FILE - In this Nov. 23, 2018, file photo, Virginia Tech head coach Justin Fuente directs his team during the first half of an NCAA college football game in Blacksburg, Va. (AP Photo/Steve Helber, File)
FILE - In this Nov. 23, 2018, file photo, Virginia Tech head coach Justin Fuente directs his team during the first half of an NCAA college football game in Blacksburg, Va. (AP Photo/Steve Helber, File)
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BLACKSBURG, Va. (AP) — Virginia Tech's first losing season since 1992 has coach Justin Fuente and the Hokies looking for a bounce-back campaign.

If they can pull it off, they'll likely feature a balanced attack with offense having as much of an impact as Bud Foster's young defense.

Fuente has not anointed incumbent Ryan Willis as the starting quarterback, but he was one of the bright spots last season after replacing the injured Josh Jackson in the third game of the season — a stunning loss at Old Dominion.

Willis, a transfer from Kansas, threw for 2,716 yards with 24 touchdowns and nine interceptions. The touchdown pass total is the second-highest in program history.

"I'm not worried about it. I'm worried about improving every day, being the best player I can be so this football team can be the best it can be," Willis said of his competition with four others for the starting job.

Experience may be one of his advantages in the competition. Jackson transferred following the season, as did Eric Kumah, the team's second-leading receiver with 42 catches for 559 yards and seven touchdowns.

The Hokies finished 6-7, their first losing season since 1992 when the team finished 2-8-1 in Hall of Famer Frank Beamer's sixth season. Fuente attempted to put a positive spin on the disappointing season, saying the offseason highlighted how much there was to be proud of despite the record.

"We also know that last year was not good enough. But there's also an element of pride in what our kids did accomplish when faced with a tremendous amount of adversity," he said, most notably a slew of injuries.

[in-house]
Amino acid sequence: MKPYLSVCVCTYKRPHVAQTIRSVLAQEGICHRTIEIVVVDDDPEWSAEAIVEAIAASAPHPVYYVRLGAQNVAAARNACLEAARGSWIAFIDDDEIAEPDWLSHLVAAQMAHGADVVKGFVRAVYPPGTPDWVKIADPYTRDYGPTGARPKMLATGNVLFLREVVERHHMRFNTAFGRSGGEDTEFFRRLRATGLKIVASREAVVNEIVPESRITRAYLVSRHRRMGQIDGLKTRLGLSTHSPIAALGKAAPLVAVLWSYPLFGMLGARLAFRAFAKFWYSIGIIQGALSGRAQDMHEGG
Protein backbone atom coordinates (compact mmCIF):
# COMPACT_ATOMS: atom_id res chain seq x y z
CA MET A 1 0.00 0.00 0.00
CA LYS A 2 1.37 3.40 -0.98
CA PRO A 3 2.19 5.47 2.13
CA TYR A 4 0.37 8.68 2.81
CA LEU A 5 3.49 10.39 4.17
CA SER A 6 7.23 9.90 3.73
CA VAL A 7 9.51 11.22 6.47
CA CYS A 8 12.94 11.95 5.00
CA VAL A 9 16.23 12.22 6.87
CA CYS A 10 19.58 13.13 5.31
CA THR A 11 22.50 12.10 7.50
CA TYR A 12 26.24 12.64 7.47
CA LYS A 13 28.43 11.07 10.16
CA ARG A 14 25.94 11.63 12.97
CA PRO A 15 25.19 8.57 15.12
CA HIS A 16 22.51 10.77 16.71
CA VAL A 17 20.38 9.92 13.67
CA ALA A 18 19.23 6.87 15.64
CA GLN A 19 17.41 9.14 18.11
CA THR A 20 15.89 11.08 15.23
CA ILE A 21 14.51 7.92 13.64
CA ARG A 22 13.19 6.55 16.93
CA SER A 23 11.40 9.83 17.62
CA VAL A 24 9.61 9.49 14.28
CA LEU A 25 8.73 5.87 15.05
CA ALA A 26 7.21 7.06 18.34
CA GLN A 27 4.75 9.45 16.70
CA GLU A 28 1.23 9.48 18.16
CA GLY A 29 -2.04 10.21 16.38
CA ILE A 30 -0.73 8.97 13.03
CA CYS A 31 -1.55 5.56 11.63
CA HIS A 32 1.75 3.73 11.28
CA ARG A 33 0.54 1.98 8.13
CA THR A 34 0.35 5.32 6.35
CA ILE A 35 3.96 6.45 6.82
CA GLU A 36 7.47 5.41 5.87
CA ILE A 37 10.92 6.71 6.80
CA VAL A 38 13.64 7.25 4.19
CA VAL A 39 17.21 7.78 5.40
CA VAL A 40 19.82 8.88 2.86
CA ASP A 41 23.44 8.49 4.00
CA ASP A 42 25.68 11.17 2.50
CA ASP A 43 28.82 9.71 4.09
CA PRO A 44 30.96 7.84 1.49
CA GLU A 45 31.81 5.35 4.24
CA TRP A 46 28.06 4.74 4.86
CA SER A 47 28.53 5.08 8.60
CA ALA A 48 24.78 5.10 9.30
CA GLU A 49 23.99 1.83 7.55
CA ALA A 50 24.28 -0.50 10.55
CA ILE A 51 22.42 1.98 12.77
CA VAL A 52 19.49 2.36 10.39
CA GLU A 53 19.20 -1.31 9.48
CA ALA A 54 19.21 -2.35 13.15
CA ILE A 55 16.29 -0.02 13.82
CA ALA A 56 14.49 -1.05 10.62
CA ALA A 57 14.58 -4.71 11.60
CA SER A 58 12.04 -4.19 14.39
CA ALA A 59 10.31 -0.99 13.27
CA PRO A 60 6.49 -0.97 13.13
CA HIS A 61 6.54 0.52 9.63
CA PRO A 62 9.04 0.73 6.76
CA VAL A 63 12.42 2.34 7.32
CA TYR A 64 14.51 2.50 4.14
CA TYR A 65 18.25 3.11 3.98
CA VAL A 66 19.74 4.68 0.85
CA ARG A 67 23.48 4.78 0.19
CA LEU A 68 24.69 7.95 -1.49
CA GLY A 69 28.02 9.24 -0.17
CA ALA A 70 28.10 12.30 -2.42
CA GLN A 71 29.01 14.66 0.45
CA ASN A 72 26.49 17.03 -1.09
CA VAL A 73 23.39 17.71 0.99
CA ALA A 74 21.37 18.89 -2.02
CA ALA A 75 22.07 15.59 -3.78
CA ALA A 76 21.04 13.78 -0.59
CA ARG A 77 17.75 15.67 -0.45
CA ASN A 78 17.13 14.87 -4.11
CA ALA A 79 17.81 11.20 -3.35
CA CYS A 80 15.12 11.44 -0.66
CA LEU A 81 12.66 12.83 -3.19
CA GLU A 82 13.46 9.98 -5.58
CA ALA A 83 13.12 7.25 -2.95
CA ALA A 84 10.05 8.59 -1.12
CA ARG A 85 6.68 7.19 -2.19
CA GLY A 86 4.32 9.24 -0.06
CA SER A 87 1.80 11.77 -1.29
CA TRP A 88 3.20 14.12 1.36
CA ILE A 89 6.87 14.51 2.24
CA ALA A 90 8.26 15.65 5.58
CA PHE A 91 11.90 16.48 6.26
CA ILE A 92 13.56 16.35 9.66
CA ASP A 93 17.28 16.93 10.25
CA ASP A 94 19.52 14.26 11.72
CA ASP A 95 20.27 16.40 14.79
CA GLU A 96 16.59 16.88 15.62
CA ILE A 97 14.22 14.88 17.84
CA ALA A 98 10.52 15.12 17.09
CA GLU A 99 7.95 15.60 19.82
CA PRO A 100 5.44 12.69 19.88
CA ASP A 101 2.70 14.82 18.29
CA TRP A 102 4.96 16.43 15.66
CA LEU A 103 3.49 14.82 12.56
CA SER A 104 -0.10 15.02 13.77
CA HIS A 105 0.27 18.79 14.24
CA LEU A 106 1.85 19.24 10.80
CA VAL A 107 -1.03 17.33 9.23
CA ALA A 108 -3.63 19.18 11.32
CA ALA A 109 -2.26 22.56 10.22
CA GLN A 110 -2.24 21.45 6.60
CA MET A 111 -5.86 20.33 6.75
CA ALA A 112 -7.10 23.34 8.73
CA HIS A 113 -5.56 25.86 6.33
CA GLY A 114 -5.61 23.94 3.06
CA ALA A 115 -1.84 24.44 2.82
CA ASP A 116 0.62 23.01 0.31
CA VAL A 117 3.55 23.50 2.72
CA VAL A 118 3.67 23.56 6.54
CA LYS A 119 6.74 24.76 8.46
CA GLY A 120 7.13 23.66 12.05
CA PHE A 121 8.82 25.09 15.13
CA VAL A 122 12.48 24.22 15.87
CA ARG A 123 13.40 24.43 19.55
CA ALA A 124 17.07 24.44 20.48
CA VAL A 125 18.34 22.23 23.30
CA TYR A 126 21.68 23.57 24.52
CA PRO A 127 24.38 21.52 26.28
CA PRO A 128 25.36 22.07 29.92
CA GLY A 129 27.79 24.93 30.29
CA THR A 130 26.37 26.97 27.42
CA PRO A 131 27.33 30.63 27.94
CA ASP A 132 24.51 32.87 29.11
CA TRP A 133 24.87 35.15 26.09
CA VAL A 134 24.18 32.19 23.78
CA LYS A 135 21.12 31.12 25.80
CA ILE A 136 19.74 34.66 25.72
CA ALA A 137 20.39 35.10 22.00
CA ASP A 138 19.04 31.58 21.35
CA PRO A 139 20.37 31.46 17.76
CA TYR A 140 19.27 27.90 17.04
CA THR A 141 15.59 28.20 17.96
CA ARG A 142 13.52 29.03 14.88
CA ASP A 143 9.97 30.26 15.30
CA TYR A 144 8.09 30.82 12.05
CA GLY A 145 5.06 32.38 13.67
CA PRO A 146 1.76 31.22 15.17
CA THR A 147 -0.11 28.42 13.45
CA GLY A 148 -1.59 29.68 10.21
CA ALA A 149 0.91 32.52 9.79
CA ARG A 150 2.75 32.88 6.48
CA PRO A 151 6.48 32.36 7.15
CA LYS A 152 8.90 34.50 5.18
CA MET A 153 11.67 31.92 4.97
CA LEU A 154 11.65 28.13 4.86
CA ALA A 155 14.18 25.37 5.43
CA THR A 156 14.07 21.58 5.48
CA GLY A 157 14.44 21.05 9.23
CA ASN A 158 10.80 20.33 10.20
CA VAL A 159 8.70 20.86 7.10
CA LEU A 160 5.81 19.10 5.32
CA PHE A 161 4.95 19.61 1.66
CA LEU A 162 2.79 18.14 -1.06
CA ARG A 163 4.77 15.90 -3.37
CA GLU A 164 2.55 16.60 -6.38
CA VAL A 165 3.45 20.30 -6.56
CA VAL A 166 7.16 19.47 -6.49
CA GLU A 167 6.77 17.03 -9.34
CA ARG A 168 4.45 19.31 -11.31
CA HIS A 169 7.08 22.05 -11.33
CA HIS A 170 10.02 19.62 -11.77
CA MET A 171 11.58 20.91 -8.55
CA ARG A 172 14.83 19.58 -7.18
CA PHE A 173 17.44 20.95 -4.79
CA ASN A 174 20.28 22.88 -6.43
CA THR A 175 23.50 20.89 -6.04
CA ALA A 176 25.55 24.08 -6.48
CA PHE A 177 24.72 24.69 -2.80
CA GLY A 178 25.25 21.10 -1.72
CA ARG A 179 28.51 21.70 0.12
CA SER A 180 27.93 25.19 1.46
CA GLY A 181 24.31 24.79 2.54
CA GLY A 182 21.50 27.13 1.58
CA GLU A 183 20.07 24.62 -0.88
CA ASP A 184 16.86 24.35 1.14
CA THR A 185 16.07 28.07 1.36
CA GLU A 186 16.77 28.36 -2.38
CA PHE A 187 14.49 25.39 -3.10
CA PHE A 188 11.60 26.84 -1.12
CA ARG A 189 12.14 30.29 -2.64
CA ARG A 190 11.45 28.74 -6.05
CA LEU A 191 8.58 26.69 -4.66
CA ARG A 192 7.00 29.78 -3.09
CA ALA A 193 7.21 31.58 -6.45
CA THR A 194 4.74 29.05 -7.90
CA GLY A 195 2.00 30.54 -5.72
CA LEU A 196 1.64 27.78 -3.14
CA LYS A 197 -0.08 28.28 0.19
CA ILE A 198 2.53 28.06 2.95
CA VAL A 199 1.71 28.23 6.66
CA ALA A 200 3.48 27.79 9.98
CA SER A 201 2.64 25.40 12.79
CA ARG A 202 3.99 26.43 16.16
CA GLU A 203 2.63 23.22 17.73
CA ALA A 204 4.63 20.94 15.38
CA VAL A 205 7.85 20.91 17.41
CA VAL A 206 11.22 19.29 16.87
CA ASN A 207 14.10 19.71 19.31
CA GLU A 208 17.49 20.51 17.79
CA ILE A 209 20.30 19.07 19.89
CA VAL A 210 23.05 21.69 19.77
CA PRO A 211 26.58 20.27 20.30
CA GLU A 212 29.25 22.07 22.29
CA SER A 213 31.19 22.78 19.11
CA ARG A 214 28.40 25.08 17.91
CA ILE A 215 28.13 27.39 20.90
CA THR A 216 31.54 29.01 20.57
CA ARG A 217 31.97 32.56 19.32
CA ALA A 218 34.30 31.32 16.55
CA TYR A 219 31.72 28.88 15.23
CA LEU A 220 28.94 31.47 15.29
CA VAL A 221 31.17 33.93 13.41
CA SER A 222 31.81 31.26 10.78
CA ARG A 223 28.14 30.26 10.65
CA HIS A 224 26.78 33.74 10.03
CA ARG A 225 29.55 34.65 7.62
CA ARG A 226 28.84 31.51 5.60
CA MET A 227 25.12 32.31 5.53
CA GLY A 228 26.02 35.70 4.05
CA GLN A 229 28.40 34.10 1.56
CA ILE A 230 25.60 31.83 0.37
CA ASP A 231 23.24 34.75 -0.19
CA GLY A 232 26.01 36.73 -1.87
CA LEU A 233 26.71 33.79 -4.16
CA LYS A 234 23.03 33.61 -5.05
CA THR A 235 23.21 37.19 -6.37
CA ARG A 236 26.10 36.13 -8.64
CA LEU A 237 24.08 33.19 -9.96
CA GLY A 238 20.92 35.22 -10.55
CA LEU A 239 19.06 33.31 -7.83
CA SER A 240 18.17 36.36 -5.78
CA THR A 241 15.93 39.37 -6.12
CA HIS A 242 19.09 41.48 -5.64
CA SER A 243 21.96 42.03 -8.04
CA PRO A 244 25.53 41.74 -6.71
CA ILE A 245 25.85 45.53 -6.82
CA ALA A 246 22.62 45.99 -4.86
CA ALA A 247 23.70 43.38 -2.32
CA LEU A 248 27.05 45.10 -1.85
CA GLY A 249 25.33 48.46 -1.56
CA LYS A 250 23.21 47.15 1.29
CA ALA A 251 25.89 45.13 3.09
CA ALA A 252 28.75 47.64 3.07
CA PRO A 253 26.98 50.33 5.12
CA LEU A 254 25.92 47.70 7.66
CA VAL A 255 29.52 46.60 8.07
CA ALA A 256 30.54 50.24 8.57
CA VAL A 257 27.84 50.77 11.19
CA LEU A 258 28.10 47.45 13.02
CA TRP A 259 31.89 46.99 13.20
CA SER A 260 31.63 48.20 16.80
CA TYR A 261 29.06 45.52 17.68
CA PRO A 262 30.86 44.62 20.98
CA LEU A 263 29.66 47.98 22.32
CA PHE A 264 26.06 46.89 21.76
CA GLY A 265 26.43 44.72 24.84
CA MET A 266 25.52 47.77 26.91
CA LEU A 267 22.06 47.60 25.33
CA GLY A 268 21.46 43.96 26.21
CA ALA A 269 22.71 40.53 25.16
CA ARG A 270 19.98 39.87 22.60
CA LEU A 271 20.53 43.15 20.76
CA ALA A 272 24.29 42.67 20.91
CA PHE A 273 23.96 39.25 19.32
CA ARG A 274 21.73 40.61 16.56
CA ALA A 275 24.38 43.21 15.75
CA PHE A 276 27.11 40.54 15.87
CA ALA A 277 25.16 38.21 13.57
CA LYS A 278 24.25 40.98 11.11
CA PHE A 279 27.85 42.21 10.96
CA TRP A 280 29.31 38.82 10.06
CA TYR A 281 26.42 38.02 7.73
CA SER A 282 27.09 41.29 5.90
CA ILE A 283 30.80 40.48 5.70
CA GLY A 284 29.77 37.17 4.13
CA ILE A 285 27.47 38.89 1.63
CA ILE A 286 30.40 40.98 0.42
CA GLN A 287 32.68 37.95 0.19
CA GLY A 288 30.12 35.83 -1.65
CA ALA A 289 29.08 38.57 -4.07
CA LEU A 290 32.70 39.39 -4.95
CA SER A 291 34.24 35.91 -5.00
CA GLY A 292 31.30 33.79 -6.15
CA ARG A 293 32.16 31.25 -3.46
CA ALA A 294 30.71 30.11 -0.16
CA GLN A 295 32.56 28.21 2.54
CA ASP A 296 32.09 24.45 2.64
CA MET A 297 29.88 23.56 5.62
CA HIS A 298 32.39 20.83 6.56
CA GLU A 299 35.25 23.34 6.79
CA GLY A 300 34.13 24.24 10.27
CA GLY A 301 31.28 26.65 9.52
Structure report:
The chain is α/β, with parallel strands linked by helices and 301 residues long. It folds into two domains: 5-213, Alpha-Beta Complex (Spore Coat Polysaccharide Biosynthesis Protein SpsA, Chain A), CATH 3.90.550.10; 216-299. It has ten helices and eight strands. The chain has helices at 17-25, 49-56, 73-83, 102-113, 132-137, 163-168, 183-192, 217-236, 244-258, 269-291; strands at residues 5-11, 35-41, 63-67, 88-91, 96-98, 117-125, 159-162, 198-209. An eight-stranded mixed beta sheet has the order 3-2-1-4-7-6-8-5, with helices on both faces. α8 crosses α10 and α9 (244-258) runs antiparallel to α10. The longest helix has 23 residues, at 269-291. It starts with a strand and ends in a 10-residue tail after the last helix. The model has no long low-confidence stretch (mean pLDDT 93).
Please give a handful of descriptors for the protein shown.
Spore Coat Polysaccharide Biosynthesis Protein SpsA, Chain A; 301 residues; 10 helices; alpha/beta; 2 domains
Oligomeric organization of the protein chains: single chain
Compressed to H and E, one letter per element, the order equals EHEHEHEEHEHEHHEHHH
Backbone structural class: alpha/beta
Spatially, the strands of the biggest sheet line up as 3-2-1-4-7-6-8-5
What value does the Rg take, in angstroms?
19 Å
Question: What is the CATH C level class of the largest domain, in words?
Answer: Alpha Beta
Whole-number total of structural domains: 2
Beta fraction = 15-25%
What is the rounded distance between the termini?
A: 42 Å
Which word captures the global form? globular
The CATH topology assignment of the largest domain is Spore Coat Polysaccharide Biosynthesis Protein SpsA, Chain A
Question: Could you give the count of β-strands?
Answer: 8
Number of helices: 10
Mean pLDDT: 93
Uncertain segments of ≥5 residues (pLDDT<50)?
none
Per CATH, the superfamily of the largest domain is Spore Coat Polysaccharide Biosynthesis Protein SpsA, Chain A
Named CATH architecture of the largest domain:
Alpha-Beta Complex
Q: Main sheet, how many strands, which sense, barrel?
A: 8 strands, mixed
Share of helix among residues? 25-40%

The Hokies have added motivation to be better this year to honor Foster. The longtime defensive coordinator whose units have been at the forefront of the Hokies' rise in stature nationally announced before the start of fall practice that this would be his last year on the staff.

Last season, with injuries taking a heavy toll, Virginia Tech was exceedingly young and struggled on defense, allowing 31 points per game. In four of their losses, including 49-35 at Old Dominion, the opponent scored 45 points or more.

"I think there is a level of hunger and eagerness on our team to get back out there and try to rewrite the script or redefine our identity from a year ago," Fuente said on the day before fall practices began.

Here are some things to watch with Virginia Tech this season:


Fuente favors a short passing game more than a running attack, and while Willis demonstrated numerous times last season a willingness to sacrifice his body for first down yardage, and has more experience than the other four contenders combined, the other four are dual-threat players who would add a new dimension to the offense.


Wide receiver Damon Hazleton proved a big-play guy last season with 51 catches for 802 yards and eight touchdowns, but Kumah's departure means others will have to rise up. The top candidates appear to be sophomore wideout Tre Turner (26-535, four TDs) and sophomore tight end James Mitchell, a 6-foot-3, 230-pounder who drew raves from Fuente during spring practice. He played special teams last season but could become a prominent player.


The Hokies lost three senior starters off last season's line and, while some young players gained experience because of injuries, the effectiveness of many line units comes from consistency and chemistry. A potentially intriguing addition to the mix is 6'6, 333-pound T.J. Jackson, a junior who has played sparingly thus far.


The "win for Bud" mentality is noble and there are 10 starters back on defense, but the unit is still young and the Hokies open on the road at nemesis Boston College on Aug. 31. Starting strong could build some momentum. Starting poorly could jeopardize their nation's best 26-year bowl streak.


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